MakNooN had picked out players eager for aggression, but the communication and synergy didn’t come naturally. Through rigorous practice, Sword began taking games off of Shield in a matter of a couple weeks. While Shield remained with the traditional passive gameplay, MakNooN was ready to prove to the world that Sword would slice through its opposition with unrivaled aggression.
NaJin Sword entered the summer season of The Champions as a new competitor. Their only public test so far had been the victory against amateur team Relieve in the qualifiers for OGN’s tournament. Sword was seeded into Group B, which featured some tough competition in the form of Azubu Frost and Team Dignitas. Sword gave dignitas a Korean welcome by defeating them with ease. Frost proved to be more of a challenge, stopping Sword’s streak despite wielding only two bans due to a rule-based penalty to their team. Thankfully for them, Sword experienced no trouble when matched against the amateur team RoMG, progressing past the group stage with a 2-1 record.
In the Round of 8, Sword met Startale which had the recent addition of Locodoco after the spring season. To some surprise, Sword crushed Startale 2-0, continuing up the bracket to the semi-finals. Counter Logic Gaming EU (CLG.EU) was also steamrolling through the Korean tournament, despite strenuous travel schedules in and out of the country. Some fans held hope that Sword might be able to stop the momentum of CLG.EU, but were disappointed when NaJin Sword lost the series 3-1. With their loss, the guaranteed ticket to the World Championship Playoffs was gone.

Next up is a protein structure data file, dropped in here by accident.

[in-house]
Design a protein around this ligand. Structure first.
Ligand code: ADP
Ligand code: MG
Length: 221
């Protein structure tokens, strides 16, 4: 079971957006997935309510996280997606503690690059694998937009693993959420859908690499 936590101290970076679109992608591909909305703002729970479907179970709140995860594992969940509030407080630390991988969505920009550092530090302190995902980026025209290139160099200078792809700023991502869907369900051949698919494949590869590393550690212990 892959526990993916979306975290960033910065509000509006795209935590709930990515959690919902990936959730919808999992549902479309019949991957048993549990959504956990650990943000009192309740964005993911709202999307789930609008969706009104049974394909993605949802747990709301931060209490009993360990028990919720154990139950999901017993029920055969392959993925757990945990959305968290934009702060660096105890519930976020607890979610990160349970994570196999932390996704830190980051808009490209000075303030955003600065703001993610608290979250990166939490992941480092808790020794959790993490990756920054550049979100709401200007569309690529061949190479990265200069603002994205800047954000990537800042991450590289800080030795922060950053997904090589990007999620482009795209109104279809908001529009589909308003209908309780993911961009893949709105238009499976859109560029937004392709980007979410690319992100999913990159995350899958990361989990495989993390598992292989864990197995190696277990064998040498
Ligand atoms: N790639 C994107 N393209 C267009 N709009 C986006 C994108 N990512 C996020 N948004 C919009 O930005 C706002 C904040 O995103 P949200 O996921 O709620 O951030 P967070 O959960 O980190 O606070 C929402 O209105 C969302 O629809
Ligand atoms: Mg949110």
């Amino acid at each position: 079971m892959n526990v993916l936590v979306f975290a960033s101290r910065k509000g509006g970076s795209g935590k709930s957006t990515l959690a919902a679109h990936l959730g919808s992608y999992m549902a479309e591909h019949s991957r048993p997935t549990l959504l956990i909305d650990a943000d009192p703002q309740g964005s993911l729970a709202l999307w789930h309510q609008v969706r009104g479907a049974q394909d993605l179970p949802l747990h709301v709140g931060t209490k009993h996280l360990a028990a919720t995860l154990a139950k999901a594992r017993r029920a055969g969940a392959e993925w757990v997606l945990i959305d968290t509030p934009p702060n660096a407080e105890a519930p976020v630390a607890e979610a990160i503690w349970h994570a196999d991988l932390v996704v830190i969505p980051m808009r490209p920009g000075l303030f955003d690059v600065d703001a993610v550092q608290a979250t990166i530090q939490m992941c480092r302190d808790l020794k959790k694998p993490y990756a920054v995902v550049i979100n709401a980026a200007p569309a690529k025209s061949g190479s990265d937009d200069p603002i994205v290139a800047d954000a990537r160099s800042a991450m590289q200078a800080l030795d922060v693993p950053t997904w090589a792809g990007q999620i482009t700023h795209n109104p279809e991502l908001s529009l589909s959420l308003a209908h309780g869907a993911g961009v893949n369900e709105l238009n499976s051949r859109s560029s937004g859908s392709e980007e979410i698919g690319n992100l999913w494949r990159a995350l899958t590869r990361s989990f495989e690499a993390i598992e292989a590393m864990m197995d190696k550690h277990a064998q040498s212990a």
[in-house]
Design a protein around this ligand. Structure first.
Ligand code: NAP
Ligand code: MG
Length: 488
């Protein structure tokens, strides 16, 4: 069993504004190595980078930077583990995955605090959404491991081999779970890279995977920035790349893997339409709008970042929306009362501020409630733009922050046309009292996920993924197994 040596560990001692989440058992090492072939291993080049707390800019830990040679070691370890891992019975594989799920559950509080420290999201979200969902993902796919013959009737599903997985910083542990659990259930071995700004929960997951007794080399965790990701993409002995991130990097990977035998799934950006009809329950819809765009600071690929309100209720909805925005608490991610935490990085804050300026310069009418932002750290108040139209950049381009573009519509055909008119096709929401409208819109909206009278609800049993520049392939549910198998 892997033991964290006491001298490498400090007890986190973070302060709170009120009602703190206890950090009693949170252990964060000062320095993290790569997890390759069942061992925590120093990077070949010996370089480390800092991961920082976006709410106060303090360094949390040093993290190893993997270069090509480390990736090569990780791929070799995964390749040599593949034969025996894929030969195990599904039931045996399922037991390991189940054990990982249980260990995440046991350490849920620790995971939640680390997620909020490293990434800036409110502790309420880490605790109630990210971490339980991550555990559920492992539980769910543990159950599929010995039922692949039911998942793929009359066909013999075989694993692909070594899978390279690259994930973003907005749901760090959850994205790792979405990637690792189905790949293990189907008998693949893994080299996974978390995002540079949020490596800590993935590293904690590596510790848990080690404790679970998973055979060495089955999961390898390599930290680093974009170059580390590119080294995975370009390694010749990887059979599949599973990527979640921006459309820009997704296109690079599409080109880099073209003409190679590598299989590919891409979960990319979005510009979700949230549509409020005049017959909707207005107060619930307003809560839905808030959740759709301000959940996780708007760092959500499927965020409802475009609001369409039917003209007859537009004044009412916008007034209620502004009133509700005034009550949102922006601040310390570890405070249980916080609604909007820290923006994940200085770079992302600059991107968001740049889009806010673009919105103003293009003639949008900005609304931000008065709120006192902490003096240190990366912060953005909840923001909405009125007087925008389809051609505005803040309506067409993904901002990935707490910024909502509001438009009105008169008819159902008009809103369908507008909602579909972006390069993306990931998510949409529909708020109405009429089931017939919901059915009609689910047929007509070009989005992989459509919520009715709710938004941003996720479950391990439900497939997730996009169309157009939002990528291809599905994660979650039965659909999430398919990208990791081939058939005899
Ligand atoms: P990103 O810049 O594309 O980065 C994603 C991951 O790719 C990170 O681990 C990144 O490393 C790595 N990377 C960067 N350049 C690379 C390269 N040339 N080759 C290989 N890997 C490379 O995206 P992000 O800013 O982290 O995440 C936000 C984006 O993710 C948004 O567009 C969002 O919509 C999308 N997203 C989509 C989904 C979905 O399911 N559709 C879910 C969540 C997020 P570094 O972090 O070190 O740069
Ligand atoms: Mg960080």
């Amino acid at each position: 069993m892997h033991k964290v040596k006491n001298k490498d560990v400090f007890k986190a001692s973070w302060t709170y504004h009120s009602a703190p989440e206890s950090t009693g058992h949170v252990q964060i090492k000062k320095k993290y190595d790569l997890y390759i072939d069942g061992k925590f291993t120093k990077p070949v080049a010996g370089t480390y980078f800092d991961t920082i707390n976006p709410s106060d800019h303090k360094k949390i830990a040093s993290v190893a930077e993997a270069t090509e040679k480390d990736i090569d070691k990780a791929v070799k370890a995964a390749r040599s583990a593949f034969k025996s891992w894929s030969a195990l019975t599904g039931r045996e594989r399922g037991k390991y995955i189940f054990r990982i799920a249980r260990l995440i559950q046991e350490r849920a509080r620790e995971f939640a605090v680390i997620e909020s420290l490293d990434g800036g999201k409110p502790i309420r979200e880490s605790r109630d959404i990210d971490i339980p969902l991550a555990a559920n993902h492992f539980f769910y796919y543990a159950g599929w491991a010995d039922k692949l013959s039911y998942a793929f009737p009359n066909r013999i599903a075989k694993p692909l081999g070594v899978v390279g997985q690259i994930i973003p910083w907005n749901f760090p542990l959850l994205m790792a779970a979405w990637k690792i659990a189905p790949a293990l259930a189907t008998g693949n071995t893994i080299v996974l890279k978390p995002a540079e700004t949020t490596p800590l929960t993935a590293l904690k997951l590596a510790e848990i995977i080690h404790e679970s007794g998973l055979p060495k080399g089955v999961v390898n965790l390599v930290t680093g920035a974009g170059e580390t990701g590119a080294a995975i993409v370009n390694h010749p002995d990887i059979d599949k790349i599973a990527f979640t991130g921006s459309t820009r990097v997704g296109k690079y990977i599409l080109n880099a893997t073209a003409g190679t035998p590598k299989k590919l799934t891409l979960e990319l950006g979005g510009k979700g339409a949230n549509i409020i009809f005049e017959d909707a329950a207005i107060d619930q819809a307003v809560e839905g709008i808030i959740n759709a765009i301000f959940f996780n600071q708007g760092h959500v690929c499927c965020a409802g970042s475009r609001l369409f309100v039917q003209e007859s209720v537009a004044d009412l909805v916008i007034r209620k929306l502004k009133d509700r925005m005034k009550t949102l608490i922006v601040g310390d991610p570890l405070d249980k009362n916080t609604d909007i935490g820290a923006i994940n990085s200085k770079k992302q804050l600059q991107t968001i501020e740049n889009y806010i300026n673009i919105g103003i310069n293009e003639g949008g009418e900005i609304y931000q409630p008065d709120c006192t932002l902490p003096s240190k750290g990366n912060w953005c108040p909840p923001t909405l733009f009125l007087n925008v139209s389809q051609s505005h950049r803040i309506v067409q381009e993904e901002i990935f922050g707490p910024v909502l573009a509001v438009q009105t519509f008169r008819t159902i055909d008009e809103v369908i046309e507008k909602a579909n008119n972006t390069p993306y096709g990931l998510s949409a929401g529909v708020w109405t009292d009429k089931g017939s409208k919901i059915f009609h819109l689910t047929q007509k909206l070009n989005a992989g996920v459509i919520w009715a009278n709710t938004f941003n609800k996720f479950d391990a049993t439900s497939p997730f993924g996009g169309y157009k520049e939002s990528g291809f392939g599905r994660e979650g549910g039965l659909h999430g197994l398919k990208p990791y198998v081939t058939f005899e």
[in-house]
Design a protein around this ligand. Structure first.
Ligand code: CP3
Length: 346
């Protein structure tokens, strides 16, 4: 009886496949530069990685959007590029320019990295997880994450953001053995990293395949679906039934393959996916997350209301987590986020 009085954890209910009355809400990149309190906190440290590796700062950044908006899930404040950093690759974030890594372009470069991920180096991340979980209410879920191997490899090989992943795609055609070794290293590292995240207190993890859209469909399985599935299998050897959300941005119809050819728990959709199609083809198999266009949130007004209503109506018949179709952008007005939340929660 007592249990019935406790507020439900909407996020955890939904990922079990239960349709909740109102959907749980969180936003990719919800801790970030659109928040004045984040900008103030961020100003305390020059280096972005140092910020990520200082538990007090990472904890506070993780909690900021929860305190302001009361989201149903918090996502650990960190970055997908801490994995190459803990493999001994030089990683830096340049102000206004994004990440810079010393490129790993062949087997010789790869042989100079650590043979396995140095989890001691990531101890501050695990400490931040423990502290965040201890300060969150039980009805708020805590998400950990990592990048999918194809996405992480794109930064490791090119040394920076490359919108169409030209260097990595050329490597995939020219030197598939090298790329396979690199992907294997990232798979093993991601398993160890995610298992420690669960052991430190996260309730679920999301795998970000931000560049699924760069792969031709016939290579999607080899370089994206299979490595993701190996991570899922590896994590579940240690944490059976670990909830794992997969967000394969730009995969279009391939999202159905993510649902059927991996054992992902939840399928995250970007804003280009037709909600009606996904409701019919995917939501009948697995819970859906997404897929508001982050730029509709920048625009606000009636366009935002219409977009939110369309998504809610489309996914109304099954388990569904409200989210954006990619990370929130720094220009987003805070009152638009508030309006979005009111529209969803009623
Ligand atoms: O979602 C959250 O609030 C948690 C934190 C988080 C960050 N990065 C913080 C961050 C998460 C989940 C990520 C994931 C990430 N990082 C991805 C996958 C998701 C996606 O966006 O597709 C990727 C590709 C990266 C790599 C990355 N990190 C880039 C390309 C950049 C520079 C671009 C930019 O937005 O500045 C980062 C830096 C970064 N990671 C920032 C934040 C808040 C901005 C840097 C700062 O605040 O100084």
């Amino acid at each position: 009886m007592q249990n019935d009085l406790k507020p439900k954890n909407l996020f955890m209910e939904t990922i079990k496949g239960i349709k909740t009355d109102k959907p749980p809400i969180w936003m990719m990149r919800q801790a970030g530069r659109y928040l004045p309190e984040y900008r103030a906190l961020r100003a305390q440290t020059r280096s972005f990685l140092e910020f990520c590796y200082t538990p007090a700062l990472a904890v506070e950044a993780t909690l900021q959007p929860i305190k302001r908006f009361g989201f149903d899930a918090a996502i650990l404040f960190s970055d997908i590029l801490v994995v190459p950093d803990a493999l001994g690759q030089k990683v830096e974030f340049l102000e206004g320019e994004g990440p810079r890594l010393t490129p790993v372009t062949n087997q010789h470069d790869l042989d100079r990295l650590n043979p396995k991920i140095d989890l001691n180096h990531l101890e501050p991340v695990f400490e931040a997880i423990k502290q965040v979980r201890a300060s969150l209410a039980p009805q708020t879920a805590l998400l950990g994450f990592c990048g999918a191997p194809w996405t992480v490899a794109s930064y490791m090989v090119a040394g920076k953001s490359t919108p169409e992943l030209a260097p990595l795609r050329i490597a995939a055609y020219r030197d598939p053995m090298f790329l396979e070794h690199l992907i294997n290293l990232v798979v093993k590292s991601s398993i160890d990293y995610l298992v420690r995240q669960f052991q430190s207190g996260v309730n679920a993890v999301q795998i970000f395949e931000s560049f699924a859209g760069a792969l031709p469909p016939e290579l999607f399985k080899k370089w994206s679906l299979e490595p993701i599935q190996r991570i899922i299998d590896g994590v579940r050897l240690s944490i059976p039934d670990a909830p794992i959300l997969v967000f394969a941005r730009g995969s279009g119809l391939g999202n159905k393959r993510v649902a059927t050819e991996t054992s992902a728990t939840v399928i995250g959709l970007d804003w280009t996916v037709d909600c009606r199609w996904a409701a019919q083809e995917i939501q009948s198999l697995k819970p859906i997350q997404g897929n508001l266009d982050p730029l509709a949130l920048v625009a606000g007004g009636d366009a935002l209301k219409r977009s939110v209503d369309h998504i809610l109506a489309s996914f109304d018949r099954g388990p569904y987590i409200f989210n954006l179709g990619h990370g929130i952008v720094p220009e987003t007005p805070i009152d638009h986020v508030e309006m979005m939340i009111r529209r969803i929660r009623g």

Sword prepared diligently for the 3rd place match, taking the audience by surprise as they beat former champions Azubu Blaze. With the strong finish, Sword acquired enough circuit points to be placed fourth in the Korean circuit, entering them in the Korean Finals. Much skepticism floated about the team succeeding with their aggressive strategies. The team’s youth was also a factor, and many assumed that either Azubu Blaze or Xenics Storm would take the last spot at the World Championship Playoffs.
After LG-IM shocked the world in a relatively quick victory over CJ Entus in the 5th place match, they faced NaJin Sword. As they faced off, some fans began to feel that insecure in Sword’s capacity to win. MakNooN crushed all doubts in game 3, when he used AP Rengar to slaughter opponents. They won 3-1, and met no opposition from Xenics Storm. NaJin Sword was finally one step away from the World Championship Playoffs.
|Top 5 Plays from NaJin Sword vs. Azubu Blaze|
Despite the good showing from Sword, spectators could not ignore Blaze’s track record. In the final series of the Season Two Korean Finals, Blaze showed an initial weakness, recovering the lead in games 2 and 3 with some brilliant plays. Sword was not ready to give up, bringing the match to the tie-breaker blind pick game. PraY crushed with his Ezreal play, helping his team defeat Blaze and taste a sweet victory.
On the Offensive
A quick look at major LoL matches will show how important aggression is. When Moscow 5 (M5) played Team SoloMid (TSM) at the Intel Extreme Masters in Kiev, M5 presented a level of aggression never seen before to the North American team. While TSM was a team highlighted for its aggressive play in the NA realm, they could not keep up. Over this past summer, a similar incident occurred when Azubu Blaze traveled to the Major League Gaming’s LoL Summer Arena and battled TSM. Although known in the past for their ability to snowball objectives and pressure teamfights, they crumbled once again against the immense lane pressure Azubu Blaze exerted.
It’s clear that aggression is the key to destabilizing opponents: Sword took down the aggressive Blaze twice in major events. It brings an element of surprise which is more unpredictable than preparing against a certain team composition or a certain champion. Relentless pressure can come in different forms, while research can only take a team so far. As during his time on EDG/NaJin Shield, MakNooN is not afraid to attempt plays deemed insane.